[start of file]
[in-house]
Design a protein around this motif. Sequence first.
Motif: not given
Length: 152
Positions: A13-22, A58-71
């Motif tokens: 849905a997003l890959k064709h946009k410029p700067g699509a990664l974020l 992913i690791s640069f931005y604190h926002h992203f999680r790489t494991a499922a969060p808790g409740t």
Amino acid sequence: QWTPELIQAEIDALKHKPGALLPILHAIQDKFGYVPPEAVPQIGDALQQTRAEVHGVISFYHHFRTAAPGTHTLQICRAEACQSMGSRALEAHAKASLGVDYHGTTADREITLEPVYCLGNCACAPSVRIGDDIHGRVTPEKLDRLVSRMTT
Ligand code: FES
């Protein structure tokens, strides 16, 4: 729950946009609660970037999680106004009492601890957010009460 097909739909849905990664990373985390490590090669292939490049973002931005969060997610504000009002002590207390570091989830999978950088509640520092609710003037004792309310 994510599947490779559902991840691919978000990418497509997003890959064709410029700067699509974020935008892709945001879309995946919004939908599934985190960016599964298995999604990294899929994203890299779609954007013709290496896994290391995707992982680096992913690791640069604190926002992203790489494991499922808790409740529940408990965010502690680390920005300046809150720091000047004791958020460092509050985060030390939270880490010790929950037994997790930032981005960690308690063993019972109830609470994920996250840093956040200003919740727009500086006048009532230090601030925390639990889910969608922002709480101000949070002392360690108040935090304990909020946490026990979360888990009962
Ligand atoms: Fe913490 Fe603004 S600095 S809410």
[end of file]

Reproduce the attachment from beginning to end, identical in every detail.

[in-house]
Design a protein around this motif. Sequence first.
Motif: not given
Length: 152
Positions: A13-22, A58-71
């Motif tokens: 849905a997003l890959k064709h946009k410029p700067g699509a990664l974020l 992913i690791s640069f931005y604190h926002h992203f999680r790489t494991a499922a969060p808790g409740t």
Amino acid sequence: QWTPELIQAEIDALKHKPGALLPILHAIQDKFGYVPPEAVPQIGDALQQTRAEVHGVISFYHHFRTAAPGTHTLQICRAEACQSMGSRALEAHAKASLGVDYHGTTADREITLEPVYCLGNCACAPSVRIGDDIHGRVTPEKLDRLVSRMTT
Ligand code: FES
């Protein structure tokens, strides 16, 4: 729950946009609660970037999680106004009492601890957010009460 097909739909849905990664990373985390490590090669292939490049973002931005969060997610504000009002002590207390570091989830999978950088509640520092609710003037004792309310 994510599947490779559902991840691919978000990418497509997003890959064709410029700067699509974020935008892709945001879309995946919004939908599934985190960016599964298995999604990294899929994203890299779609954007013709290496896994290391995707992982680096992913690791640069604190926002992203790489494991499922808790409740529940408990965010502690680390920005300046809150720091000047004791958020460092509050985060030390939270880490010790929950037994997790930032981005960690308690063993019972109830609470994920996250840093956040200003919740727009500086006048009532230090601030925390639990889910969608922002709480101000949070002392360690108040935090304990909020946490026990979360888990009962
Ligand atoms: Fe913490 Fe603004 S600095 S809410």